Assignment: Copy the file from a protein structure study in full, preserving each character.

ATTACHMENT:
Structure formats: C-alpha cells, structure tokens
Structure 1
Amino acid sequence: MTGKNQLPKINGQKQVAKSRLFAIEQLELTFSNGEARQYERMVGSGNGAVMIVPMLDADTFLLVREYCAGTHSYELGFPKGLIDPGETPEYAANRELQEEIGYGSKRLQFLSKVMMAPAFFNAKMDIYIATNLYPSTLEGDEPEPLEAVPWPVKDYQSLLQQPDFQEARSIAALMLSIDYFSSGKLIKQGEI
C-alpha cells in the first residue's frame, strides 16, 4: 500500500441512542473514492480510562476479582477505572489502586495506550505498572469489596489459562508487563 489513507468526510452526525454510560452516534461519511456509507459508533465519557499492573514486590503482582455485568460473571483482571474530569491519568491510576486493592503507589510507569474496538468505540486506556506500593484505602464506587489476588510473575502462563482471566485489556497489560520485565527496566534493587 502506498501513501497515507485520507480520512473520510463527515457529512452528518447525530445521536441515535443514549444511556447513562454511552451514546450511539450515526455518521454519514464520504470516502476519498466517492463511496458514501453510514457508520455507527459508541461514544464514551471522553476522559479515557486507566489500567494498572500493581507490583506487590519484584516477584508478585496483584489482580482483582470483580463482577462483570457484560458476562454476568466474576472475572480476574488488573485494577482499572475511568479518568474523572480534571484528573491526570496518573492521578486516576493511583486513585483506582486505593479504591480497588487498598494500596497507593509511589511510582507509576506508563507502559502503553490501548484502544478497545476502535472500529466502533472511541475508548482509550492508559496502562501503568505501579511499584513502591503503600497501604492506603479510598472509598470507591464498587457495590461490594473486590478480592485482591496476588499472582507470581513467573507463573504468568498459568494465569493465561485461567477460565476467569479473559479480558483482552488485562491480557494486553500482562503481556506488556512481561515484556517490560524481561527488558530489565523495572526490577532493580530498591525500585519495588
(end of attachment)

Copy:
Structure formats: C-alpha cells, structure tokens
Structure 1
Amino acid sequence: MTGKNQLPKINGQKQVAKSRLFAIEQLELTFSNGEARQYERMVGSGNGAVMIVPMLDADTFLLVREYCAGTHSYELGFPKGLIDPGETPEYAANRELQEEIGYGSKRLQFLSKVMMAPAFFNAKMDIYIATNLYPSTLEGDEPEPLEAVPWPVKDYQSLLQQPDFQEARSIAALMLSIDYFSSGKLIKQGEI
C-alpha cells in the first residue's frame, strides 16, 4: 500500500441512542473514492480510562476479582477505572489502586495506550505498572469489596489459562508487563 489513507468526510452526525454510560452516534461519511456509507459508533465519557499492573514486590503482582455485568460473571483482571474530569491519568491510576486493592503507589510507569474496538468505540486506556506500593484505602464506587489476588510473575502462563482471566485489556497489560520485565527496566534493587 502506498501513501497515507485520507480520512473520510463527515457529512452528518447525530445521536441515535443514549444511556447513562454511552451514546450511539450515526455518521454519514464520504470516502476519498466517492463511496458514501453510514457508520455507527459508541461514544464514551471522553476522559479515557486507566489500567494498572500493581507490583506487590519484584516477584508478585496483584489482580482483582470483580463482577462483570457484560458476562454476568466474576472475572480476574488488573485494577482499572475511568479518568474523572480534571484528573491526570496518573492521578486516576493511583486513585483506582486505593479504591480497588487498598494500596497507593509511589511510582507509576506508563507502559502503553490501548484502544478497545476502535472500529466502533472511541475508548482509550492508559496502562501503568505501579511499584513502591503503600497501604492506603479510598472509598470507591464498587457495590461490594473486590478480592485482591496476588499472582507470581513467573507463573504468568498459568494465569493465561485461567477460565476467569479473559479480558483482552488485562491480557494486553500482562503481556506488556512481561515484556517490560524481561527488558530489565523495572526490577532493580530498591525500585519495588